Riboswitches, RNA elements found in the untranslated region, regulate gene expression by binding to target metaboloites with exquisite specificity. Binding of metabolites to the conserved aptamer domain allosterically alters the conformation in the downstream expression platform. The fate of gene expression is determined by the changes in the downstream RNA sequence. As the metabolite-dependent cotranscriptional folding and unfolding dynamics of riboswitches are the key determinant of gene expression, it is important to investigate both the thermodynamics and kinetics of riboswitches both in the presence and absence of metabolite. Single molecule force experiments that decipher the free energy landscape of riboswitches from their mechanical responses, theoretical and computational studies have recently shed light on the distinct mechanism of folding dynamics in different classes of riboswitches. Here, we first discuss the dynamics of water around riboswitch, highlighting that water dynamics can enhance the fluctuation of nucleic acid structure. To go beyond native state fluctuations, we used the Self-Organized Polymer model to predict the dynamics of add adenine riboswitch under mechanical forces. In addition to quantitatively predicting the folding landscape of add-riboswitch, our simulations also explain the difference in the dynamics between pbuE adenine- and add adenine-riboswitches. In order to probe the function in vivo, we use the folding landscape to propose a system level kinetic network model to quantitatively predict how gene expression is regulated for riboswitches that are under kinetic control.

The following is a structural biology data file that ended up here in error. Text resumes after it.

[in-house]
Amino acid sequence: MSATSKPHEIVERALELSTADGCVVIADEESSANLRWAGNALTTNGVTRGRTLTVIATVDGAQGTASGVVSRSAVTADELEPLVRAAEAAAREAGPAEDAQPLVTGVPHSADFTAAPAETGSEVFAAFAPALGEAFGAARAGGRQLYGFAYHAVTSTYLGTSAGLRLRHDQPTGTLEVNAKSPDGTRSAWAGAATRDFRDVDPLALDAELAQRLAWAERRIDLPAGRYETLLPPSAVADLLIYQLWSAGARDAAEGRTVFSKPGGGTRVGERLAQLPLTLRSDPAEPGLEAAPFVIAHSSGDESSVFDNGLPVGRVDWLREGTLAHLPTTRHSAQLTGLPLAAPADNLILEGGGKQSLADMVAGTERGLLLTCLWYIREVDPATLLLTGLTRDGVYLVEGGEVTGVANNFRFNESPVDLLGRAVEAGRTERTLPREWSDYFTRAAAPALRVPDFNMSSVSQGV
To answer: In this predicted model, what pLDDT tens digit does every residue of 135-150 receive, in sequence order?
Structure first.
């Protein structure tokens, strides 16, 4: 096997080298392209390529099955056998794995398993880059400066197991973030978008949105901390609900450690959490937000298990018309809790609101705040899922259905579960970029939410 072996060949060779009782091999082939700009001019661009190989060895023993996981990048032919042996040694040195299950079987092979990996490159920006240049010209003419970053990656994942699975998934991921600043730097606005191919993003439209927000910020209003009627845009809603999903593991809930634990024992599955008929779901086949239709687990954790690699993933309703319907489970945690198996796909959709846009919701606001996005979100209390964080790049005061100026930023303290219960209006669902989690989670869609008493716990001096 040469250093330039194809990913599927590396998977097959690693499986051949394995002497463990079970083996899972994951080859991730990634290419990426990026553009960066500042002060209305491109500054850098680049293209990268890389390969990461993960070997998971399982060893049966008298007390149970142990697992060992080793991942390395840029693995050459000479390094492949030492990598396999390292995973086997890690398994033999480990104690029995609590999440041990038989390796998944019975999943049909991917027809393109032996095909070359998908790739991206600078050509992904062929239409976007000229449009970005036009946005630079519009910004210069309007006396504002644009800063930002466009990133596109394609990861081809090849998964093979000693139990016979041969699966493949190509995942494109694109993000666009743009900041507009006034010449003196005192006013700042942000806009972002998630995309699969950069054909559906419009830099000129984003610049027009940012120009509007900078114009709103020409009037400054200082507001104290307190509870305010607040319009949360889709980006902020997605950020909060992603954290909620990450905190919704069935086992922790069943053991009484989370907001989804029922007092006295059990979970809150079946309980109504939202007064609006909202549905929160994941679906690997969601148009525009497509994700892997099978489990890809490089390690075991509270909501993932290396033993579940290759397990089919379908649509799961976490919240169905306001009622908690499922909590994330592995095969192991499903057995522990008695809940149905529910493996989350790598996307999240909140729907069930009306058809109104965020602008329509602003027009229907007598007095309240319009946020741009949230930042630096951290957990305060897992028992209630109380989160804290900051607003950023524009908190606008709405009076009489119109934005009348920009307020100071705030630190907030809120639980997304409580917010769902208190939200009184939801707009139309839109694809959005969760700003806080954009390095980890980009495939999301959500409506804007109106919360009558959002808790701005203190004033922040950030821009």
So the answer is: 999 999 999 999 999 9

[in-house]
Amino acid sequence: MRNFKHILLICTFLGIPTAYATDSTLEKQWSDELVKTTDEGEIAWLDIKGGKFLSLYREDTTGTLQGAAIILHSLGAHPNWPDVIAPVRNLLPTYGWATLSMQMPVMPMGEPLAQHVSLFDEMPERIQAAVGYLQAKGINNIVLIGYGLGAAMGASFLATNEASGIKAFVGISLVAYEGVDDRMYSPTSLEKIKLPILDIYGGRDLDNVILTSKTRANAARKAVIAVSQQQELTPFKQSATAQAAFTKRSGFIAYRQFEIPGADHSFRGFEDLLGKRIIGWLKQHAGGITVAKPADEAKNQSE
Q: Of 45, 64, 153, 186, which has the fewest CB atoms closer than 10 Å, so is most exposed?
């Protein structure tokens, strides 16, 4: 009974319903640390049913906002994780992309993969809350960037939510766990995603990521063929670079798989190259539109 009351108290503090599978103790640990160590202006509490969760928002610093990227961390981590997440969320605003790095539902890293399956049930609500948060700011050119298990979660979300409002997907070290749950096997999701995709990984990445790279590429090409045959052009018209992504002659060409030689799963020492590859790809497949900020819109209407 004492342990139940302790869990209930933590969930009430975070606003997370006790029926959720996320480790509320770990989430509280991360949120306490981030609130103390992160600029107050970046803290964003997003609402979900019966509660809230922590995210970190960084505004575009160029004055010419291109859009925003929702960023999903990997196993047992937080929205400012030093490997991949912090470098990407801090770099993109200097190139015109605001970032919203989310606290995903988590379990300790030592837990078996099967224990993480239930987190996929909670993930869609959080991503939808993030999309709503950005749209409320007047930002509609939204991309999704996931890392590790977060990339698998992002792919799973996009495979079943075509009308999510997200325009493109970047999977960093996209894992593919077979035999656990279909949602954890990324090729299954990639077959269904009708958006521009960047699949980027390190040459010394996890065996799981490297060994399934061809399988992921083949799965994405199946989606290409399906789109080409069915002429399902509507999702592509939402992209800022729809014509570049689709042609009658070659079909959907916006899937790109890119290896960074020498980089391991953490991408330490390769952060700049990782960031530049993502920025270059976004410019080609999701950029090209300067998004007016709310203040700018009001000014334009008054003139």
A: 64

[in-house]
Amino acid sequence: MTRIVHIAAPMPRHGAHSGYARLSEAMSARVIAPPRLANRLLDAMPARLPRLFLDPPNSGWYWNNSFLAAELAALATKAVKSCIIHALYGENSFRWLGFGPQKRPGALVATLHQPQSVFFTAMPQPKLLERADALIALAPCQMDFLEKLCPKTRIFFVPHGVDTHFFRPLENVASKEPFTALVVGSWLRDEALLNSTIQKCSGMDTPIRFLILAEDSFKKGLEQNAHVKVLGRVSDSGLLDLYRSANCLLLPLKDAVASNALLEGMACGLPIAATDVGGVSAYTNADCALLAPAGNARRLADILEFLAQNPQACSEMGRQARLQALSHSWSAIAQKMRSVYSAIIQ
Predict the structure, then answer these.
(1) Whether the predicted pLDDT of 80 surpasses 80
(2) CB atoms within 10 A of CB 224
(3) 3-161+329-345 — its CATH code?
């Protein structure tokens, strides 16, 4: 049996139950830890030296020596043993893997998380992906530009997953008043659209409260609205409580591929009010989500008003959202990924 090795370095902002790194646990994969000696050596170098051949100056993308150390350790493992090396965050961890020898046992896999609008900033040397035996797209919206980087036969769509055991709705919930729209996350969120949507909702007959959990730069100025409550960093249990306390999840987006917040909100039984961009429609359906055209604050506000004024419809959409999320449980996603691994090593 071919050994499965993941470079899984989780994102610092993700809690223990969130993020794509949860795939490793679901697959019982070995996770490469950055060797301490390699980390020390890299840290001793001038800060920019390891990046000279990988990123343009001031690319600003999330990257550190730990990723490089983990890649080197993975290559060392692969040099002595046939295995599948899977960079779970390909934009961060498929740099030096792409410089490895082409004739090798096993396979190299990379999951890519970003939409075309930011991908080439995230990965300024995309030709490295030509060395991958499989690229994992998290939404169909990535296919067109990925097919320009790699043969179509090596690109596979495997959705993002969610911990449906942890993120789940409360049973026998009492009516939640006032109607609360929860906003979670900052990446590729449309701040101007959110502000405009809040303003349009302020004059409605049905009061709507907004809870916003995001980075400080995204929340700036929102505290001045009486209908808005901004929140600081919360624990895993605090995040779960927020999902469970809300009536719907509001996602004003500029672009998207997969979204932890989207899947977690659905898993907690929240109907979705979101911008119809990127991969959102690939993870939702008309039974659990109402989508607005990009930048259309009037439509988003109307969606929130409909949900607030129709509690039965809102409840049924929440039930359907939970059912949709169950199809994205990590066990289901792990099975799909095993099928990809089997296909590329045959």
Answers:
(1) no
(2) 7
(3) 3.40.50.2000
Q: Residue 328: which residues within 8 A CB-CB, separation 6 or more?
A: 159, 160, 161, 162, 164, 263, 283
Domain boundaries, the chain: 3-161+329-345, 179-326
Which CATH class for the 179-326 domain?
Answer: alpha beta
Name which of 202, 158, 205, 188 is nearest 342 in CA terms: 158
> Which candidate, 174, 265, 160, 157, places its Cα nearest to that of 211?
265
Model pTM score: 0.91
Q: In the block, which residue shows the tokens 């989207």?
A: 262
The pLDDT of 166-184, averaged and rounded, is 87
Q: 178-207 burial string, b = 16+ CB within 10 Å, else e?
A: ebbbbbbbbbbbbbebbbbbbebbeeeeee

Experiments show that macromolecular crowding modestly reduces the size of intrinsically disordered proteins even at a volume fraction (ϕ) similar to that in the cytosol, whereas DNA undergoes a coil-to-globule transition at very small ϕ. We show using a combination of scaling arguments and simulations that the polymer size R̅(g)(ϕ) depends on x=R̅(g)(0)/D, where D is the ϕ-dependent distance between the crowders. If x≲O(1), there is only a small decrease in R̅(g)(ϕ) as ϕ increases. When x≫O(1), a cooperative coil-to-globule transition is induced. Our theory quantitatively explains a number of experiments.